As we left 2020 behind, you would be hard-pressed to find a media outlet or social platform that wasn't highlighting the top feel-good stories of the year. If ever there was a time when we needed optimism, it's now. But what are the long-term benefits of kindness - is it really better to give than to receive?
For Rob Way and his family, being charitable was a way of life long before pandemic repercussions became a reality. The current Chairperson for both the KW Hockey Helps the Homeless Tournament (HHTH) and KidsAbility Foundation grew up on a dairy farm, reared by parents who were "heavily involved" in church and community. The former Chair of the Board for St. Mary's Hospital and United Way KW said "the culture of giving back" and helping others was "set in place" at a young age.
Way, a City of Waterloo Award recipient, also co-founded two successful companies: Softcare Innovations, manufacturing health care furnishings, and Swiftspace. Both have celebrated several million in sales. Running a business means having the ability to manage his own schedule, allowing him to "intermingle charity work" into his workday.
Swiftspace is a significant funder of KW HHTH, an initiative that has raised over $1 million for local homeless in just six years. "This amount translates to over 14,000 safe shelter bed nights for children, women, and men in this community." This year's goal is to raise $260,000 by the end of the Canada Life Cup (March 31, 2021).
When his sons, Colin and Corey, were young he coached minor sports: hockey, softball and soccer. It was an opportunity to emphasize the importance of good sportsmanship and fair play, and he was recognized with multiple sports-related awards.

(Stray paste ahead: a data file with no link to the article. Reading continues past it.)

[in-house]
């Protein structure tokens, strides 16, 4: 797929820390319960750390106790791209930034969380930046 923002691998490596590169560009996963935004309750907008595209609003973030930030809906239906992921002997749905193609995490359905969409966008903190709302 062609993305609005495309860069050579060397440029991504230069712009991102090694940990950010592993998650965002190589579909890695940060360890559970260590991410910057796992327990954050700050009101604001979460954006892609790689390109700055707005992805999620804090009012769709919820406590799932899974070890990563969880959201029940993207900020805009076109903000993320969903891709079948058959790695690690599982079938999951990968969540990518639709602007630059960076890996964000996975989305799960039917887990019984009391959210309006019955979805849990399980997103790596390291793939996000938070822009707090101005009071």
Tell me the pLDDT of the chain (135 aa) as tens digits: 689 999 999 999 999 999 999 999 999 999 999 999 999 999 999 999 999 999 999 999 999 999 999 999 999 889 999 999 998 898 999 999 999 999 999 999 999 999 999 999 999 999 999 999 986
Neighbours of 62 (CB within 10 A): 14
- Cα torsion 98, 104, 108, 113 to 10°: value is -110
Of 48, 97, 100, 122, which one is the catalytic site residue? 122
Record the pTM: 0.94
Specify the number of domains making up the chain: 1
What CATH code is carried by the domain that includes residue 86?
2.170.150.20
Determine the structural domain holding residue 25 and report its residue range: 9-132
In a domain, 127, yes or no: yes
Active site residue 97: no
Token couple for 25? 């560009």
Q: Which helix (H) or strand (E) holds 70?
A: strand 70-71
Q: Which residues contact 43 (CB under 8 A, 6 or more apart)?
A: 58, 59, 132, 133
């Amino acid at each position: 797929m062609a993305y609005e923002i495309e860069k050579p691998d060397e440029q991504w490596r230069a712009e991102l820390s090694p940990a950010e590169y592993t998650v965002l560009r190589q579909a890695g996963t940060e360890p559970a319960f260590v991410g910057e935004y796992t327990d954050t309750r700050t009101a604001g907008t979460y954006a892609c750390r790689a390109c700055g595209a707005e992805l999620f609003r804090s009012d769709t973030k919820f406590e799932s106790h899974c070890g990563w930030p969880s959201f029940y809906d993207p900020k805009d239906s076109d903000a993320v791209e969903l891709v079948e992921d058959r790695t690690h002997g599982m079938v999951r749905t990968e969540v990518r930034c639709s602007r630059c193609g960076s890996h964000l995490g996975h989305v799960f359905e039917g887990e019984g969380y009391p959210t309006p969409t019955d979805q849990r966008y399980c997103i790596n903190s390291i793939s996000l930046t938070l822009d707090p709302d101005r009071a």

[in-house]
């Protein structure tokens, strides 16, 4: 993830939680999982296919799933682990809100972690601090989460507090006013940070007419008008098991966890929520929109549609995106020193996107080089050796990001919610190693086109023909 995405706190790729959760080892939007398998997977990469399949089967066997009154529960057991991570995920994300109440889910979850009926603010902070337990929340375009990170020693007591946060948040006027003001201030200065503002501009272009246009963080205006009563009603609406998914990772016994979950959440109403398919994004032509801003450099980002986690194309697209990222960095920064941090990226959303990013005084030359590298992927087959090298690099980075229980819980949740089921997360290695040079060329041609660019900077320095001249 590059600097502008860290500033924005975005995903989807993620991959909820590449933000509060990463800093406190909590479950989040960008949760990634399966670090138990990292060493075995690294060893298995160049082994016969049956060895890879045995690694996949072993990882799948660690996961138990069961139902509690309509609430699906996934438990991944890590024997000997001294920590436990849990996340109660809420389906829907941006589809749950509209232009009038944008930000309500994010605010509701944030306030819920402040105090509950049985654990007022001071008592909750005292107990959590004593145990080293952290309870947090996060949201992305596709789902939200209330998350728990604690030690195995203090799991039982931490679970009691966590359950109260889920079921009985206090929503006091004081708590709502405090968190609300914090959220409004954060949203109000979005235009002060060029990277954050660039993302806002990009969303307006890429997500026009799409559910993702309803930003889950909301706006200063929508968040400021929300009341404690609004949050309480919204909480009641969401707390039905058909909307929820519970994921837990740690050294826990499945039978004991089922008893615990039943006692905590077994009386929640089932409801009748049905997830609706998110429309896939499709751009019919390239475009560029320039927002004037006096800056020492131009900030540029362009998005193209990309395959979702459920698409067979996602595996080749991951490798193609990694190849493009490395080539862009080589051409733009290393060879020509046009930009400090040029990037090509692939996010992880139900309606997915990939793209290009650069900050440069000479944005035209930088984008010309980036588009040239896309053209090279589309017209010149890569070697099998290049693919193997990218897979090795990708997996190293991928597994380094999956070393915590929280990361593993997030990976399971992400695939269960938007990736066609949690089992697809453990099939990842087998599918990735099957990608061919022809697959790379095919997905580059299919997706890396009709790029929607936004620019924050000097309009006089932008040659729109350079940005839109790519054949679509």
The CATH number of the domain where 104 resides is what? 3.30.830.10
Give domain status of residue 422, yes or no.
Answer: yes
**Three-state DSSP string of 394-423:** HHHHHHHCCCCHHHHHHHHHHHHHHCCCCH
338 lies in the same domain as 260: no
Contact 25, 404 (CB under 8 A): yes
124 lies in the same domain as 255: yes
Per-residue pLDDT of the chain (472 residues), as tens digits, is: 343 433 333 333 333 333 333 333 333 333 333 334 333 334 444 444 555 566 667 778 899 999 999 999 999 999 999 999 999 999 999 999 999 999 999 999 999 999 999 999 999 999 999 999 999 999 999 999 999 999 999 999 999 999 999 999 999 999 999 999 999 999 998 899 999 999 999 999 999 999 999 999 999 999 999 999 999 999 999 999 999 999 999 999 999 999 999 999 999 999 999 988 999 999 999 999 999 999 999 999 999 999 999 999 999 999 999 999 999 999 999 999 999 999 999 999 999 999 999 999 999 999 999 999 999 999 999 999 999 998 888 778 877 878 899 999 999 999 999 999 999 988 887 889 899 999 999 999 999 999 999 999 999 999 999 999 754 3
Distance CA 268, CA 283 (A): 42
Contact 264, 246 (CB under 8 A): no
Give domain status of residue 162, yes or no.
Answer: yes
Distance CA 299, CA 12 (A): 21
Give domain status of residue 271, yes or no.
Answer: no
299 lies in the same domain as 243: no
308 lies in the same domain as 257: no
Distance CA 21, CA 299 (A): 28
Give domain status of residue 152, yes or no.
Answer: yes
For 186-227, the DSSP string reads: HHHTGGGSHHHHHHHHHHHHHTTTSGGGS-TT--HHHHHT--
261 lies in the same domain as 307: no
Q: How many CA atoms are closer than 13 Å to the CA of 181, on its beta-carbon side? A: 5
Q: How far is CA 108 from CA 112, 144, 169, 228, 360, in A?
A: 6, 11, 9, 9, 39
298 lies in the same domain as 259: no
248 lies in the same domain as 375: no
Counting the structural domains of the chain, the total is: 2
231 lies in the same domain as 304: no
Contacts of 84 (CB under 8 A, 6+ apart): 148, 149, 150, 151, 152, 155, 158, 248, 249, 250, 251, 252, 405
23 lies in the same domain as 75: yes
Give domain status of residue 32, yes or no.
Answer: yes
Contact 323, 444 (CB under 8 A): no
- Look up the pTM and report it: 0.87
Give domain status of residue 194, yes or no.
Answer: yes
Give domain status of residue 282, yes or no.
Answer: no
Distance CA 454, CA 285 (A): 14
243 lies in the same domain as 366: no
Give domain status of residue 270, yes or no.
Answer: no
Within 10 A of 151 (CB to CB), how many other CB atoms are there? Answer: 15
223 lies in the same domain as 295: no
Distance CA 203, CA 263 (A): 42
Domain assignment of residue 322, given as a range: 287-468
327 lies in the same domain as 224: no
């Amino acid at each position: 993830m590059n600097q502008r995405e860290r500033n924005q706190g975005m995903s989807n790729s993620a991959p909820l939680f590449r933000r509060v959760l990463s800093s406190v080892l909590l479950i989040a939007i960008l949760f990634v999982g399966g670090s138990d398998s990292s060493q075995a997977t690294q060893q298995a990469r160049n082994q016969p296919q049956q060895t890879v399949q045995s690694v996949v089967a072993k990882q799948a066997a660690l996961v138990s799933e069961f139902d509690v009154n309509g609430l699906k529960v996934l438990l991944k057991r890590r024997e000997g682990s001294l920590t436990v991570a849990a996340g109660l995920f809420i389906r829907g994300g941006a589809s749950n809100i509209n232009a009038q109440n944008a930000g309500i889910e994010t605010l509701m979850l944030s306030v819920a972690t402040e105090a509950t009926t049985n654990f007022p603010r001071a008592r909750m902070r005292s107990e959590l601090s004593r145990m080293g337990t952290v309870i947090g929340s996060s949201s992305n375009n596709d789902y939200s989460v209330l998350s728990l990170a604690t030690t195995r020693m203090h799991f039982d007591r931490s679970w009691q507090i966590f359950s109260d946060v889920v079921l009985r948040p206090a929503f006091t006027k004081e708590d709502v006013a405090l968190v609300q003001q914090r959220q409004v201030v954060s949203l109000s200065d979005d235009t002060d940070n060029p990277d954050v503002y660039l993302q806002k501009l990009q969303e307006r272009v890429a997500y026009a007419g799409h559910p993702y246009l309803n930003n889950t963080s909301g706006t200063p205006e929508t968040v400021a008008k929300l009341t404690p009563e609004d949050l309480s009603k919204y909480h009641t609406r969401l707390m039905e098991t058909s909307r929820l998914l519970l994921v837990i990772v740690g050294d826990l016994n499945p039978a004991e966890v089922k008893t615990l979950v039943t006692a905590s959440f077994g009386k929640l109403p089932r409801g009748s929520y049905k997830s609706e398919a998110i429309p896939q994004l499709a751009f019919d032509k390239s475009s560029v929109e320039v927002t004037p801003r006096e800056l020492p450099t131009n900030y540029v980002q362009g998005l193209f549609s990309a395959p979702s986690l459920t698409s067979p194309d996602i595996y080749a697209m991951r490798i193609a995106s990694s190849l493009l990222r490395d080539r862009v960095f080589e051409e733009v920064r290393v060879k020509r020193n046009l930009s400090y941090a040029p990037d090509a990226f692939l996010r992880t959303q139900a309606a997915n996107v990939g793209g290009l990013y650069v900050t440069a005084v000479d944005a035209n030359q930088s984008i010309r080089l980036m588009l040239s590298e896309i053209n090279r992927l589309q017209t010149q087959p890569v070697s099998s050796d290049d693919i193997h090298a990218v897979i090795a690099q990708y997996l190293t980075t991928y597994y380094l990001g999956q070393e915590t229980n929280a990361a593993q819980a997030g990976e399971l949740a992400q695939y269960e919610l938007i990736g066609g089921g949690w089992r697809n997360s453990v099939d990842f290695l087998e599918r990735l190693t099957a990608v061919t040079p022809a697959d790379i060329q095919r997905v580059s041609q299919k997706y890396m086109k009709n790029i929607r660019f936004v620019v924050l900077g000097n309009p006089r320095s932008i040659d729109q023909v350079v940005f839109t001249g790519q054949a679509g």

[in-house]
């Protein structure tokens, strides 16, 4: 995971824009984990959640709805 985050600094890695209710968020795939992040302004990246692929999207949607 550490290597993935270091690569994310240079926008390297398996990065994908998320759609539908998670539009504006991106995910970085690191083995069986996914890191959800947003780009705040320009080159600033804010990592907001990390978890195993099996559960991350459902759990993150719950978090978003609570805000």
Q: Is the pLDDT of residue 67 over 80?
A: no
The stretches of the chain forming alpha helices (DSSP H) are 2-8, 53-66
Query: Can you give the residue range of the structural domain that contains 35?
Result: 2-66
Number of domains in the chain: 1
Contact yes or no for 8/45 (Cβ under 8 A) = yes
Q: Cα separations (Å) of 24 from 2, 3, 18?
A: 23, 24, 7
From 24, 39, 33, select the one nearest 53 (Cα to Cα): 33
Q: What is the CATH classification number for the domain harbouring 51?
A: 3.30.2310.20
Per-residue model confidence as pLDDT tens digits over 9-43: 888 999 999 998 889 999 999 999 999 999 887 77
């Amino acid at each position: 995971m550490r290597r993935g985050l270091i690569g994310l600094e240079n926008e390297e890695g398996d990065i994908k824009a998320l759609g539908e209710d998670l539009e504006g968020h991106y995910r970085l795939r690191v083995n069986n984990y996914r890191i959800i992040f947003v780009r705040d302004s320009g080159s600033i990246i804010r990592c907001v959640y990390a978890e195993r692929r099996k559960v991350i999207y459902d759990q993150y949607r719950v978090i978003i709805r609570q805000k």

An honest man, Way won't accept credit for his achievements without acknowledging his wife and sons.
"Michele [Way] and I have always led by example so that Colin and Corey understand that it is important to treat others with respect and give back to the community," he said. "We are proud of the fact that they both have chosen professions that involve helping others." Colin, a doctor and surgical resident and Corey, a business owner and teacher with WCDSB, make it a personal goal to be a top fundraiser for HHTH.
"Quite often, I am involved at a board and management level, and Michele gets involved in the grassroots. [This] gives us both a great understanding of how a charity works."
As a family, they commit to two volunteer activities each year: Oh Christmas Free and HHTH. Oh Christmas Free is a December event "where parents of kids who attend KidsAbility can drop off their child and then have some time on their own" Rob and Michelle work on crafts with special needs children while Colin and Corey cover the bouncy castle.
In 2019, the Way family received the Elaine Ormston Outstanding Support Butterfly Award for their KidsAbility event. Michelle was presented the Waterloo Region Canada Life Game Changer Award for her work with HHTH.
"Staying driven during the pandemic was easy," he said. "The charities providing the shelter beds needed our help more than ever. It wasn't an option to donate less than last year." The Emergency Shelter Network currently includes 317 adult beds and 38 youth beds across the Region. "That includes a number of temporary and overflow spaces set up to deal with COVID-19."
Back to the benefits of kindness.
According to Dacher Keltner, professor of psychology at the University of California and author of Born to Be Good: The Science of a Meaningful Life, humans have evolved "with remarkable tendencies toward kindness, play, generosity, reverence and self-sacrifice" vital to "survival, gene replication and smooth functioning groups."
It is suggested that empathetic role models, like Way, who demonstrate kindness are instrumental in ensuring humankind's preservation – especially during a crisis.
"When you do things to make a positive change in someone else's life, you are also contributing to how you feel about yourself," added Way. "I can honestly say that I have never observed someone doing something good for someone else, not having a smile on their face."